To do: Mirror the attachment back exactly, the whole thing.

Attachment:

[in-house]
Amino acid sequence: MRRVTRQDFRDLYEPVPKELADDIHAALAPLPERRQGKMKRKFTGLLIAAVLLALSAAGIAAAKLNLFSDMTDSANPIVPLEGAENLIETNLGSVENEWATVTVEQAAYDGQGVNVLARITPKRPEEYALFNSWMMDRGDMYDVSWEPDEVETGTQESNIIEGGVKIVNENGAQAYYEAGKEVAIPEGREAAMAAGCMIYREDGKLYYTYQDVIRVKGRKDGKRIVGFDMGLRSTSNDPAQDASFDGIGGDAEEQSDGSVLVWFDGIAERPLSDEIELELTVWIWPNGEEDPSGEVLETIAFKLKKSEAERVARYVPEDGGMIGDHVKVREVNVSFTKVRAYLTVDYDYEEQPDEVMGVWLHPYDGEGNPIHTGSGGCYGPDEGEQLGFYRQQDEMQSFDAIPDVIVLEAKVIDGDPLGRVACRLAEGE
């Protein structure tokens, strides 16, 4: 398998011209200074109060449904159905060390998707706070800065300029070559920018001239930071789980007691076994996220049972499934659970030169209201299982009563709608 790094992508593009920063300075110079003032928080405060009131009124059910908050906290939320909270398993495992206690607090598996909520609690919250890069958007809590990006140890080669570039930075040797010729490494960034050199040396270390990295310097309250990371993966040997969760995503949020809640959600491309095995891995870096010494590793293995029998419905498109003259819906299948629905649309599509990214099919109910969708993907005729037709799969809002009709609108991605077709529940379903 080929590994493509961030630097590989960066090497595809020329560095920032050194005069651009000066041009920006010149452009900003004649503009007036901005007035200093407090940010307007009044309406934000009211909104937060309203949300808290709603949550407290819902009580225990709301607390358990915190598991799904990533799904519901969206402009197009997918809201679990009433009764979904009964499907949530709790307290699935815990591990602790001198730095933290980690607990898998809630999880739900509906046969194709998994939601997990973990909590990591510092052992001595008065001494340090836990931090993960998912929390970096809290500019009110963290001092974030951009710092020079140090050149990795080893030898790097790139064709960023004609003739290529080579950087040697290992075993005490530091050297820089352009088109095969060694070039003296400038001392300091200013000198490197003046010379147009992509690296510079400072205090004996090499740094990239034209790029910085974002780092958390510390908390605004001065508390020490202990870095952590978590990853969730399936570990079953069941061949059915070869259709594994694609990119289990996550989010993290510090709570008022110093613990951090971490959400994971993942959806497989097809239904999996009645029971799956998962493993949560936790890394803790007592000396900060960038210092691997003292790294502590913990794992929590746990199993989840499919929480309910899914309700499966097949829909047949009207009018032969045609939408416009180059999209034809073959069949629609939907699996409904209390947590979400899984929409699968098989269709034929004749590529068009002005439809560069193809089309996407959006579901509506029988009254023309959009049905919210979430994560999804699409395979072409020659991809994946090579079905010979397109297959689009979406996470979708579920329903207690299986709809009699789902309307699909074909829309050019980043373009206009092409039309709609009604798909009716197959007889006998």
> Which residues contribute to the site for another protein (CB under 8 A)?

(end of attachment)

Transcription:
[in-house]
Amino acid sequence: MRRVTRQDFRDLYEPVPKELADDIHAALAPLPERRQGKMKRKFTGLLIAAVLLALSAAGIAAAKLNLFSDMTDSANPIVPLEGAENLIETNLGSVENEWATVTVEQAAYDGQGVNVLARITPKRPEEYALFNSWMMDRGDMYDVSWEPDEVETGTQESNIIEGGVKIVNENGAQAYYEAGKEVAIPEGREAAMAAGCMIYREDGKLYYTYQDVIRVKGRKDGKRIVGFDMGLRSTSNDPAQDASFDGIGGDAEEQSDGSVLVWFDGIAERPLSDEIELELTVWIWPNGEEDPSGEVLETIAFKLKKSEAERVARYVPEDGGMIGDHVKVREVNVSFTKVRAYLTVDYDYEEQPDEVMGVWLHPYDGEGNPIHTGSGGCYGPDEGEQLGFYRQQDEMQSFDAIPDVIVLEAKVIDGDPLGRVACRLAEGE
């Protein structure tokens, strides 16, 4: 398998011209200074109060449904159905060390998707706070800065300029070559920018001239930071789980007691076994996220049972499934659970030169209201299982009563709608 790094992508593009920063300075110079003032928080405060009131009124059910908050906290939320909270398993495992206690607090598996909520609690919250890069958007809590990006140890080669570039930075040797010729490494960034050199040396270390990295310097309250990371993966040997969760995503949020809640959600491309095995891995870096010494590793293995029998419905498109003259819906299948629905649309599509990214099919109910969708993907005729037709799969809002009709609108991605077709529940379903 080929590994493509961030630097590989960066090497595809020329560095920032050194005069651009000066041009920006010149452009900003004649503009007036901005007035200093407090940010307007009044309406934000009211909104937060309203949300808290709603949550407290819902009580225990709301607390358990915190598991799904990533799904519901969206402009197009997918809201679990009433009764979904009964499907949530709790307290699935815990591990602790001198730095933290980690607990898998809630999880739900509906046969194709998994939601997990973990909590990591510092052992001595008065001494340090836990931090993960998912929390970096809290500019009110963290001092974030951009710092020079140090050149990795080893030898790097790139064709960023004609003739290529080579950087040697290992075993005490530091050297820089352009088109095969060694070039003296400038001392300091200013000198490197003046010379147009992509690296510079400072205090004996090499740094990239034209790029910085974002780092958390510390908390605004001065508390020490202990870095952590978590990853969730399936570990079953069941061949059915070869259709594994694609990119289990996550989010993290510090709570008022110093613990951090971490959400994971993942959806497989097809239904999996009645029971799956998962493993949560936790890394803790007592000396900060960038210092691997003292790294502590913990794992929590746990199993989840499919929480309910899914309700499966097949829909047949009207009018032969045609939408416009180059999209034809073959069949629609939907699996409904209390947590979400899984929409699968098989269709034929004749590529068009002005439809560069193809089309996407959006579901509506029988009254023309959009049905919210979430994560999804699409395979072409020659991809994946090579079905010979397109297959689009979406996470979708579920329903207690299986709809009699789902309307699909074909829309050019980043373009206009092409039309709609009604798909009716197959007889006998």
> Which residues contribute to the site for another protein (CB under 8 A)?